Amortization in financial terms refers to the process of paying off a debt over a period of time through regular payments.
The payments are structured to include both principal and interest, with the principal component gradually reducing over time. Amortization is commonly used for large debt obligations such as mortgages, auto loans, and student loans.
The term amortization is derived from the Latin word “amortizare,” which means “to kill.” In the context of debt, this refers to “killing off” the debt by gradually reducing the outstanding balance until it reaches zero.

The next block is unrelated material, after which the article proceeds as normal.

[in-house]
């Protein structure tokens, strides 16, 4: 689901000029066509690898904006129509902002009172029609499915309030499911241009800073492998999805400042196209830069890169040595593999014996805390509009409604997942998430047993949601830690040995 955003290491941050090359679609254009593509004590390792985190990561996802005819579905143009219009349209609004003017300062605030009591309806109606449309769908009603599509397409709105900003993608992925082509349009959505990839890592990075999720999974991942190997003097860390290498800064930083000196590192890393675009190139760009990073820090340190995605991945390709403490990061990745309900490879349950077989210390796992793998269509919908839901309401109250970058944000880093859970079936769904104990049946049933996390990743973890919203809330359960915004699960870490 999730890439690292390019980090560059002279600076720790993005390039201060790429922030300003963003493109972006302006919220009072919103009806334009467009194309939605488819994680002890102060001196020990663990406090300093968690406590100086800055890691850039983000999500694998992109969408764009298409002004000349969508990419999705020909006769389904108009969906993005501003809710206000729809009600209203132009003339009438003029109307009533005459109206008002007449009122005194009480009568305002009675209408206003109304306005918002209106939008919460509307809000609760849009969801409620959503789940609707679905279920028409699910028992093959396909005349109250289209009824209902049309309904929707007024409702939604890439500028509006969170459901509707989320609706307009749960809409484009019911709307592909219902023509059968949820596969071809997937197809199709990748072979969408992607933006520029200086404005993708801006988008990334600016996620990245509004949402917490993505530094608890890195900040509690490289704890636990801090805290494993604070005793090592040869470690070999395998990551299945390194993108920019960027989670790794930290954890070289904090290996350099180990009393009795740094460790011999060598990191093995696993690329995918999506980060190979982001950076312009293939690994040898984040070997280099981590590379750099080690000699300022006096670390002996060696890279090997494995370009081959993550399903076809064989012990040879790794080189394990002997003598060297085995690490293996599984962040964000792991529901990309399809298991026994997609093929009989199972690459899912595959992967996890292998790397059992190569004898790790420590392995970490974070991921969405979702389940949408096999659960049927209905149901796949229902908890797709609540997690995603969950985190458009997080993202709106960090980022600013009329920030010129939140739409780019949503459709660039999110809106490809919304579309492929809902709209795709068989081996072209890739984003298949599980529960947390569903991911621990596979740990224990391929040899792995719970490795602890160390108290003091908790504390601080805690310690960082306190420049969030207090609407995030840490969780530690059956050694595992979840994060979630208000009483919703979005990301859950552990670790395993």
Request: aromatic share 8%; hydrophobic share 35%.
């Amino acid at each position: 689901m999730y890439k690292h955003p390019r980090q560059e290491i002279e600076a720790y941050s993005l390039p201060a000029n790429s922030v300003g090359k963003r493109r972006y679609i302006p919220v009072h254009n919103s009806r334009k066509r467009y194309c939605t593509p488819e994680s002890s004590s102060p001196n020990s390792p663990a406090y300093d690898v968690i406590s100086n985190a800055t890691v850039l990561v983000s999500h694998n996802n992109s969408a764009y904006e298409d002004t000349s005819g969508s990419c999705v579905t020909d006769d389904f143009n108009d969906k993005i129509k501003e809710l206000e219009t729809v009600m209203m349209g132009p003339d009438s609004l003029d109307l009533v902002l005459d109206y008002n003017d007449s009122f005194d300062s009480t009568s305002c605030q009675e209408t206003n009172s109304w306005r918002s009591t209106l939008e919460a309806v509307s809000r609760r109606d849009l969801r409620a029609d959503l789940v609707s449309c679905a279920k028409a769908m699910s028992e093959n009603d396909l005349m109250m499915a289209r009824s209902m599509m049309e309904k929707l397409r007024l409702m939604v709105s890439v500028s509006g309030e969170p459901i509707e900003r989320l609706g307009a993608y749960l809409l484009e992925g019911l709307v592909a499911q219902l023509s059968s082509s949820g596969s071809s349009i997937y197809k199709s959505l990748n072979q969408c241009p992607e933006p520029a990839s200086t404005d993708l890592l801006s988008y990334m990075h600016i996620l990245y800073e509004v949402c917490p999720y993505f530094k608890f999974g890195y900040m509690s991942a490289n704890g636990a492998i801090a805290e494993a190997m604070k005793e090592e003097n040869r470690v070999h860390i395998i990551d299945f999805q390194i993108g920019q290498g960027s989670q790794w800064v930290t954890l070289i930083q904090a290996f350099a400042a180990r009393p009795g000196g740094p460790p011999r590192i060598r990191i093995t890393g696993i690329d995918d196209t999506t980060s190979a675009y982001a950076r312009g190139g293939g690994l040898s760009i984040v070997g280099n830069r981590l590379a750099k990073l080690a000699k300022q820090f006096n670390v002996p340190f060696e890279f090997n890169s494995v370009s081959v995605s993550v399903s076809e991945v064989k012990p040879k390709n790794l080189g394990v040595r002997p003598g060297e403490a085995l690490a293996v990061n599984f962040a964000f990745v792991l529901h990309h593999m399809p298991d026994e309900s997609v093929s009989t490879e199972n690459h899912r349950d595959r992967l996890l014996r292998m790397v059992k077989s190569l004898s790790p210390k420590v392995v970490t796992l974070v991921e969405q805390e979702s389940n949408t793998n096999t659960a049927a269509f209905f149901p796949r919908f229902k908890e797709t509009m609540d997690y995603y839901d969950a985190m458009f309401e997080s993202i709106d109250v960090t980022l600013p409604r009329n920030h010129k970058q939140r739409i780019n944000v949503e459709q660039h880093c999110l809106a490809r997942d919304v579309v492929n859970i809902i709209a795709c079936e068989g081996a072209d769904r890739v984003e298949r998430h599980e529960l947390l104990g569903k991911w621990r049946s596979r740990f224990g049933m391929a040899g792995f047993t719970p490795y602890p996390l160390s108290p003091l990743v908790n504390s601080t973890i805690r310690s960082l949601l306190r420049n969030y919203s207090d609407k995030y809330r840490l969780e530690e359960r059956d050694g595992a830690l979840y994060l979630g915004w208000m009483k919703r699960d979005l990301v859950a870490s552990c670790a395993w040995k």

The amount of each payment that goes towards principal versus interest is determined by the loan’s amortization schedule, which outlines the payment breakdown over the loan term.
The goal of amortization is to make it easier for borrowers to repay their debt by breaking down the payment into smaller, more manageable parts.
Amortization also helps lenders by ensuring a steady and predictable stream of income from the loan. In addition, amortizing a loan over a longer period of time can result in lower monthly payments, but also a higher overall cost due to paying more interest over the life of the loan.
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